By Various Authors and Illustrators
Publisher: Dark Horse Books (November 3, 2015)
Hardcover, 1232 pages
For those who grew up playing with toys in the 80s, you probably picked up a few He-Man characters. Maybe you played with Ram Man, or Evilin, or Man-E-Faces, or Triclops, or Fisto, or Stinkor - not to mention the titular He-Man and Skeletor - and so on. If you did, then you also received a mini-comic with the purchase. A little twelve page booklet, depicting the figure you just bought in a violent story. As you can guess, this volume collects all of them together for the first time, plus two which were never released, and a script for a minicomic surround the Faker He-Man character - a notoriously unpopular toy, which was supposed to be a clone replica of He-Man made by Skeletor, so it was just the He-Man model painted blue.
I bought a lot of the first and second edition of figures in the Master of the Universe line, so most of the initial ones in this book, I was familiar with - or vaguely remember from the dim memories of youth - but after that it was a discovery of old characters and toys which I had completely forgotten about. The purpose of the mini-comics was to introduce the reader to how the new character fit into the developing MOTU world. Kids often mimicked what they read in the books, and then developed new adventures afterwards based on these first premises. These mini-comics were the key to He-Man’s longevity, as you bought the toy not just for the figure, but the story that went with it.
He-Man came out before the toy industry had standardized how to sell a toy line as they did in the 80s. Usually, the toy line, cartoon, and comic book were all coordinated together with a corresponding story bible. He-Man had the mini-comics and the toys. All the rest came later, including the story bible. So eventually there is a certain amount of retconning as the world developed.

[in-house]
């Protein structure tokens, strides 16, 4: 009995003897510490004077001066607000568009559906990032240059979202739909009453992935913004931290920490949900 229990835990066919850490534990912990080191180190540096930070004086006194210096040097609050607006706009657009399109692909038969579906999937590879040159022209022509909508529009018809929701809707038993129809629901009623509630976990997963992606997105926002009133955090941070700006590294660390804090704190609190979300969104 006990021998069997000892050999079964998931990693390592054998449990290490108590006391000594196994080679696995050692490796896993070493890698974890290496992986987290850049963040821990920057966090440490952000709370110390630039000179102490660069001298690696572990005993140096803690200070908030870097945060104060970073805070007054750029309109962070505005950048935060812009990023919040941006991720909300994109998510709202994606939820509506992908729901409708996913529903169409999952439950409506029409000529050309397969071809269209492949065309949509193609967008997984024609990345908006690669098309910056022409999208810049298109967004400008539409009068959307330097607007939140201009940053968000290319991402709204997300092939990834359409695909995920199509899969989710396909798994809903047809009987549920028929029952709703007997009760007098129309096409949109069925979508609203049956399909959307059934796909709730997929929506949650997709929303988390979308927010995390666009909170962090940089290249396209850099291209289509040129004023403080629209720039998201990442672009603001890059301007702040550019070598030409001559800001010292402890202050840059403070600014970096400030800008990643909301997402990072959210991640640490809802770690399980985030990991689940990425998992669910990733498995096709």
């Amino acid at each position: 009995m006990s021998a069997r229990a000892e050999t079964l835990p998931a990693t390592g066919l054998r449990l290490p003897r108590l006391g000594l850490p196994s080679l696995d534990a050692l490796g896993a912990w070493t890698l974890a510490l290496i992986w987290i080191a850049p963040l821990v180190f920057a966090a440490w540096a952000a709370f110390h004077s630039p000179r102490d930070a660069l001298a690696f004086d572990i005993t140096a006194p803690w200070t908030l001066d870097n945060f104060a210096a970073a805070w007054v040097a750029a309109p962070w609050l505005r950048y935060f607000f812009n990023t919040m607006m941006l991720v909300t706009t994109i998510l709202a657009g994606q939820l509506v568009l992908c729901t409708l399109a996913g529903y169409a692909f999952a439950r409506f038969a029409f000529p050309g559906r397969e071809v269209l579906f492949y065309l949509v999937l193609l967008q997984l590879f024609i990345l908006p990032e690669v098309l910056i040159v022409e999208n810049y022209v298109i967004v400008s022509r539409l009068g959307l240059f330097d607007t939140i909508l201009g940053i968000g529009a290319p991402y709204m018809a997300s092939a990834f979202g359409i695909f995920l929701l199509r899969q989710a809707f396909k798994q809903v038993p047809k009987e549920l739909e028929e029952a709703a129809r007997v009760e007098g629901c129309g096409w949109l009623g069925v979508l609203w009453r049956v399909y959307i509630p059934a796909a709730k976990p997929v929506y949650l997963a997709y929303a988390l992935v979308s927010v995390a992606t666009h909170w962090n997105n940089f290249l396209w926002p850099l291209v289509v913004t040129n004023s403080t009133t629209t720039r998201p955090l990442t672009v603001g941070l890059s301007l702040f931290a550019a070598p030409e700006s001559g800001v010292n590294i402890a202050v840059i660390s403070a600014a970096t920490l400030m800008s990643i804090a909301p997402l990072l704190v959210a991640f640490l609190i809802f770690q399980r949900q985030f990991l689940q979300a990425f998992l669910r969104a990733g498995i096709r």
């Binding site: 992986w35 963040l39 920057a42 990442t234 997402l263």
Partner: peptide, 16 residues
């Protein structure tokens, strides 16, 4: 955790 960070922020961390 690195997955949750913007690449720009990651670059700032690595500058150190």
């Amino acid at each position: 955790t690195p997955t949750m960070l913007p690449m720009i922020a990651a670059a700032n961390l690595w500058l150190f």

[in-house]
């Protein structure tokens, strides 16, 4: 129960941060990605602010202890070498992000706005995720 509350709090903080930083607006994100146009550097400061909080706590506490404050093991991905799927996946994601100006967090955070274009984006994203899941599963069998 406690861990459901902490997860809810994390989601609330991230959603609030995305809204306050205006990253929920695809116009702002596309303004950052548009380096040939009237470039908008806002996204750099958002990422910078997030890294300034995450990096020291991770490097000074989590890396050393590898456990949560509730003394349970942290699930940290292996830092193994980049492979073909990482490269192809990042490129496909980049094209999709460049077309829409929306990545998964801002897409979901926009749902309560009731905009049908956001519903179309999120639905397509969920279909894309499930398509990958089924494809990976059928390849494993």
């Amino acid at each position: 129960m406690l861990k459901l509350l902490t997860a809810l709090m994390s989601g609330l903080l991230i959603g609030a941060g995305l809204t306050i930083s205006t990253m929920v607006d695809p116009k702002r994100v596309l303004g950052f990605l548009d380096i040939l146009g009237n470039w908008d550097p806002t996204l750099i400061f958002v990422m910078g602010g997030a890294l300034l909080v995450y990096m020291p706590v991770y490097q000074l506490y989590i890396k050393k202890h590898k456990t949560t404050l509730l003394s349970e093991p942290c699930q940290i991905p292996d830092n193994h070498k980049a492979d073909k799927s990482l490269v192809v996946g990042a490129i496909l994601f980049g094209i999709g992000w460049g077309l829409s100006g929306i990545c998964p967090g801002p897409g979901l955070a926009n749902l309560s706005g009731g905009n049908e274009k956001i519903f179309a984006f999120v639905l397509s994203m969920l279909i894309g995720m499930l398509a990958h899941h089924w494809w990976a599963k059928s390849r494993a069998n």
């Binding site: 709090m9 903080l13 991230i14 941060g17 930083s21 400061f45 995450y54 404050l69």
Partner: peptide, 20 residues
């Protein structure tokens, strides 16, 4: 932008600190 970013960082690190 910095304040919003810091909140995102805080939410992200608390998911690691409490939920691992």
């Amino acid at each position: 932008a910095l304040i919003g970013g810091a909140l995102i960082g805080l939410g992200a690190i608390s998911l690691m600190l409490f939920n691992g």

First thing you’ll notice is that He-Man’s name is just He-Man and he leaves his barbaric tribe looking for adventure before coming across the Sorceress and Man-at-Arms (which is his real name then, not a title). It isn’t until the Filmantation cartoon do we see a whiff of Prince Adam and Orko. The most amount of retcons deal with Skeletor’s past. First he comes from an alternate dimension where his features are normal for his race. Then he is an acolyte of Hordak - this is when Hordak was meant to be a foe of He-Man, rather than She-Ra. Then he is possibly the brother of King Randor of Eternia and thus He-Man’s uncle. And so on, and so on. Personally I believe they should’ve just kept things ambiguous like DC did with the Joker.
The mini-comics cover a thirty year span of publication and so the art and writing varies. The first ones are the best art wise, in my opinion, then slag off a lot, before roaring up to greatness again by the end. What you have to keep in mind, those readers not touched by nostalgia, is that most of these were written for 8-year-olds, while the last few were written for people in their thirties.For more readings, try books by Rex Hurst.